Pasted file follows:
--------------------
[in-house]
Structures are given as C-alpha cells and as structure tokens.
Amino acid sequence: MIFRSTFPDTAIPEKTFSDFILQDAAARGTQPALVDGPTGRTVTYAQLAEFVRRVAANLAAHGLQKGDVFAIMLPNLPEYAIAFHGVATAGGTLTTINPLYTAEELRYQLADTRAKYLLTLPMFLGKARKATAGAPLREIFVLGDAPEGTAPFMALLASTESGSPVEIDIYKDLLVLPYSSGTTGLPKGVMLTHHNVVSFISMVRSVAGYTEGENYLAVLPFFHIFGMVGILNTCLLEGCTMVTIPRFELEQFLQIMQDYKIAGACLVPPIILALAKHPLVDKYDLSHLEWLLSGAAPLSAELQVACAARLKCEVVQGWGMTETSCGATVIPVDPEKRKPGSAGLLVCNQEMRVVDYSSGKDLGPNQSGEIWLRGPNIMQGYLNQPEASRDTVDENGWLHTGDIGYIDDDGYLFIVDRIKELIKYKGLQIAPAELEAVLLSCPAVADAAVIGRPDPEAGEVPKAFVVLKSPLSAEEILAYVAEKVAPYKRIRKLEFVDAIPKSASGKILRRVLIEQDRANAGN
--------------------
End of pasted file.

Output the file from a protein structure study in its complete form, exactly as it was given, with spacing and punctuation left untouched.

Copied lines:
[in-house]
Structures are given as C-alpha cells and as structure tokens.
Amino acid sequence: MIFRSTFPDTAIPEKTFSDFILQDAAARGTQPALVDGPTGRTVTYAQLAEFVRRVAANLAAHGLQKGDVFAIMLPNLPEYAIAFHGVATAGGTLTTINPLYTAEELRYQLADTRAKYLLTLPMFLGKARKATAGAPLREIFVLGDAPEGTAPFMALLASTESGSPVEIDIYKDLLVLPYSSGTTGLPKGVMLTHHNVVSFISMVRSVAGYTEGENYLAVLPFFHIFGMVGILNTCLLEGCTMVTIPRFELEQFLQIMQDYKIAGACLVPPIILALAKHPLVDKYDLSHLEWLLSGAAPLSAELQVACAARLKCEVVQGWGMTETSCGATVIPVDPEKRKPGSAGLLVCNQEMRVVDYSSGKDLGPNQSGEIWLRGPNIMQGYLNQPEASRDTVDENGWLHTGDIGYIDDDGYLFIVDRIKELIKYKGLQIAPAELEAVLLSCPAVADAAVIGRPDPEAGEVPKAFVVLKSPLSAEEILAYVAEKVAPYKRIRKLEFVDAIPKSASGKILRRVLIEQDRANAGN